By Martha Ross
Contra Costa Times.
SAN JOSE, Calif.
During a recent trip to the Half Moon Bay, Calif., farmers market, Johnny Righini didn’t suffer a panic attack or chastise his mother when she bought nonorganic produce.
For Righini, this moment of self-restraint marked another small victory in his struggle to overcome a pathological obsession with eating “pure” foods.
Starting in his early 20s, Righini dedicated himself to vegan and raw food diets, thinking they offered a healthy way to recover from years of anorexia and bulimia.
But he took those restrictive diets to extremes, agonizing, for example, over fruits and vegetables losing their “life force” each minute after being picked.
He now says his “twisted thinking” was a symptom of orthorexia, an eating disorder that is increasingly on the radar of health professionals.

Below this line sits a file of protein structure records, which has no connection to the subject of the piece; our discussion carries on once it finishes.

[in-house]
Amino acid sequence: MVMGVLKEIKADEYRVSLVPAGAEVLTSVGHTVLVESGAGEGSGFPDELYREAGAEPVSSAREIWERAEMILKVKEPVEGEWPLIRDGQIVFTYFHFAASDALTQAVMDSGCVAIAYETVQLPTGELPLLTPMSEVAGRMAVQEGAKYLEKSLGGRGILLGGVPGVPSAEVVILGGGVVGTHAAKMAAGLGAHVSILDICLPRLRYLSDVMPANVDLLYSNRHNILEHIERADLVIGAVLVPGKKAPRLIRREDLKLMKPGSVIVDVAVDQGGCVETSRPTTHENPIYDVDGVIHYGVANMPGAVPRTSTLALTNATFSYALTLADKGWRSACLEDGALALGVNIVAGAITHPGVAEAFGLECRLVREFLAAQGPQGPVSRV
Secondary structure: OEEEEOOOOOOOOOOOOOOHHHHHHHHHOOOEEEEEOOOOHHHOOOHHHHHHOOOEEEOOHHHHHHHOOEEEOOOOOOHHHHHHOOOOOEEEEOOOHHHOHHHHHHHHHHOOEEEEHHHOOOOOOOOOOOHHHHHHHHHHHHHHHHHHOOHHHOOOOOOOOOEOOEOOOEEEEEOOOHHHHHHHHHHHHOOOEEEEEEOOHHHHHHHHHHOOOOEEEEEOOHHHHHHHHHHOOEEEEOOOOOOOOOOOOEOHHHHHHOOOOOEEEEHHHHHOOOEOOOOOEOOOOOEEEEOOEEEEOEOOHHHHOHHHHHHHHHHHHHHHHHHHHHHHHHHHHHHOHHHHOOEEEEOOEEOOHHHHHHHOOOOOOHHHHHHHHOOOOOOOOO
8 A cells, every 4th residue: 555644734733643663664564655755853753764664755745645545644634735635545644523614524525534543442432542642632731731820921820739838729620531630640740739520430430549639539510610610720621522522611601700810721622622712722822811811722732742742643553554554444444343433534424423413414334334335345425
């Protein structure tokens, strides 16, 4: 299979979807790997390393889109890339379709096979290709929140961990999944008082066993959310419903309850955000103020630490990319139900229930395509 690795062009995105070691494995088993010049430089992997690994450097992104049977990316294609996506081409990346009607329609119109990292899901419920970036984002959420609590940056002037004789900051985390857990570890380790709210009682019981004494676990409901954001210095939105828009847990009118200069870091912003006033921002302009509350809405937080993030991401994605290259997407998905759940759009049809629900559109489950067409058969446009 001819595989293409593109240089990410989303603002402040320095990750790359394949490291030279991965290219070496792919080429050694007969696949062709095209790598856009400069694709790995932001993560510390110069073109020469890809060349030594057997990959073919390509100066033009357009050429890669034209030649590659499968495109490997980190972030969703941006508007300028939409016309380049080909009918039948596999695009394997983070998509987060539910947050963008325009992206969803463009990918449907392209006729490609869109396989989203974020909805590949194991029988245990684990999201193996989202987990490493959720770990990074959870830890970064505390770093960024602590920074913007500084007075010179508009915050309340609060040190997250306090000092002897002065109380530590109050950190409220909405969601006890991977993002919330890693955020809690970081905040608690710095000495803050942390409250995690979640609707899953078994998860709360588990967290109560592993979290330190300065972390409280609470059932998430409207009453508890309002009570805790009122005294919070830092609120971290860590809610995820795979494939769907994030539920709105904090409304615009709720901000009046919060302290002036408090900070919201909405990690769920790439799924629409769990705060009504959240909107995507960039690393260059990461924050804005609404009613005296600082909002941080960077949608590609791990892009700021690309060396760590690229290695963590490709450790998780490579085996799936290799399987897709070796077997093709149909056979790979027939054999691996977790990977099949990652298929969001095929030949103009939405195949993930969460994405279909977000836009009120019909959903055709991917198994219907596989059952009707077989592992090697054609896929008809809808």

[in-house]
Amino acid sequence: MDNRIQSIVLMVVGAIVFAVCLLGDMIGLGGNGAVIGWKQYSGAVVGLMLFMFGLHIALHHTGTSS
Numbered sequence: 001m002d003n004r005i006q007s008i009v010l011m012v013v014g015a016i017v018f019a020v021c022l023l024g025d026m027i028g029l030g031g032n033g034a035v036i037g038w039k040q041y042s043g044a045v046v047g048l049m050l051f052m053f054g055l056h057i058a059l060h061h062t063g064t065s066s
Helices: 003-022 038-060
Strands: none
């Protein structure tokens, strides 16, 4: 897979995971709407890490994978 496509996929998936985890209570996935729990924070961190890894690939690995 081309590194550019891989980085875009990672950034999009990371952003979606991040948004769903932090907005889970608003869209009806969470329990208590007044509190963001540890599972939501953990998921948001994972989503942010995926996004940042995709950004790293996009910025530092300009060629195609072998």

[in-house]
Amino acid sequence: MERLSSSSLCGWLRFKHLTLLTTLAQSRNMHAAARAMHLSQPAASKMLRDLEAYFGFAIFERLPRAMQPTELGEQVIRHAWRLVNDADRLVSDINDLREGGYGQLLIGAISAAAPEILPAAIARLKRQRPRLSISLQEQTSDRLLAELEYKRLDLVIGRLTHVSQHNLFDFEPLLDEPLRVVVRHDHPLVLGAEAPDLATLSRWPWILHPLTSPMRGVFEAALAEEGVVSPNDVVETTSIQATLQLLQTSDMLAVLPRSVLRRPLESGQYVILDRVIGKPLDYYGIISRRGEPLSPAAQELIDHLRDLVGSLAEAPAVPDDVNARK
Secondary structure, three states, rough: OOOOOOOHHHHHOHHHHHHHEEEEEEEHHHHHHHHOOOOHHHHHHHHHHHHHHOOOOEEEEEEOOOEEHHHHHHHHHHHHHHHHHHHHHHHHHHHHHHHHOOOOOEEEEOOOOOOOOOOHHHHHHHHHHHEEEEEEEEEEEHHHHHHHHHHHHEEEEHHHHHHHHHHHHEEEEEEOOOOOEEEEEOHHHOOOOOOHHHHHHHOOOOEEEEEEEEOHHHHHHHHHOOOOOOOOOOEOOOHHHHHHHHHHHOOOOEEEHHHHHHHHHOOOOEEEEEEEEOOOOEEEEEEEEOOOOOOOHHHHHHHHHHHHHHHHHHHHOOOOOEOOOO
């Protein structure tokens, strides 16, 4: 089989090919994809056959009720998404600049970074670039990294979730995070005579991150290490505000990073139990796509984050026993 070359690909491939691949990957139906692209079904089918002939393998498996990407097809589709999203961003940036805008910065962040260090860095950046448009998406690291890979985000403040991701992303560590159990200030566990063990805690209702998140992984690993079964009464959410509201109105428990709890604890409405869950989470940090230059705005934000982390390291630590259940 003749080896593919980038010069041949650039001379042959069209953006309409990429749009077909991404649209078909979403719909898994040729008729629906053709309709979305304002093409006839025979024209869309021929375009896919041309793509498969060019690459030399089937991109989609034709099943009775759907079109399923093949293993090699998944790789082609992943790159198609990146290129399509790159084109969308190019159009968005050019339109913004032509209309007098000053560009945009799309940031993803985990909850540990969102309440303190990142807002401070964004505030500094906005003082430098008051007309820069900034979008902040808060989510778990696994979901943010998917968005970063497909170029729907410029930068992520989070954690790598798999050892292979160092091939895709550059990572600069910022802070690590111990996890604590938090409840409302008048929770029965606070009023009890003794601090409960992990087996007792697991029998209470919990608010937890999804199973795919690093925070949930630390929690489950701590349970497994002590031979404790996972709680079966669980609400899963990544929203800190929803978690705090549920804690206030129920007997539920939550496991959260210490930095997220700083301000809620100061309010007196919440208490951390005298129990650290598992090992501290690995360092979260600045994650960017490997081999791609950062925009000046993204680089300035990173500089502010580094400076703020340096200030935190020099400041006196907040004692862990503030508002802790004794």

Righini didn’t obsess over calorie counts, as he did with anorexia. He pored over ingredient labels, then rejected food with labels as being too “impure.”
He found it impossible to eat out at restaurants or other people’s homes or to be around people eating fast food. He even tossed out food his mother brought home from a supermarket.
“Just as I restricted myself from food, I restricted myself from people,” he said. “If they were eating something my orthorexic mind didn’t approve of, I would get physical shakes and panic attacks.”
Eating disorder experts say there is nothing wrong with wanting to eat nutritiously or to eliminate certain foods. But healthy eating becomes harmful when people’s thinking or behavior becomes so “extremely rigid” they jeopardize their physical and mental health and relationships with other people, said Jennifer Lombardi, executive director of the Eating Recovery Center in Sacramento.
“Any diet or dietary restriction that causes a person to be unable to celebrate and socialize with food comfortably is going too far,” agreed Leah Hopkins, a clinical dietitian at the Monarch Cove Eating Disorder Treatment Center in Pacific Grove, Calif..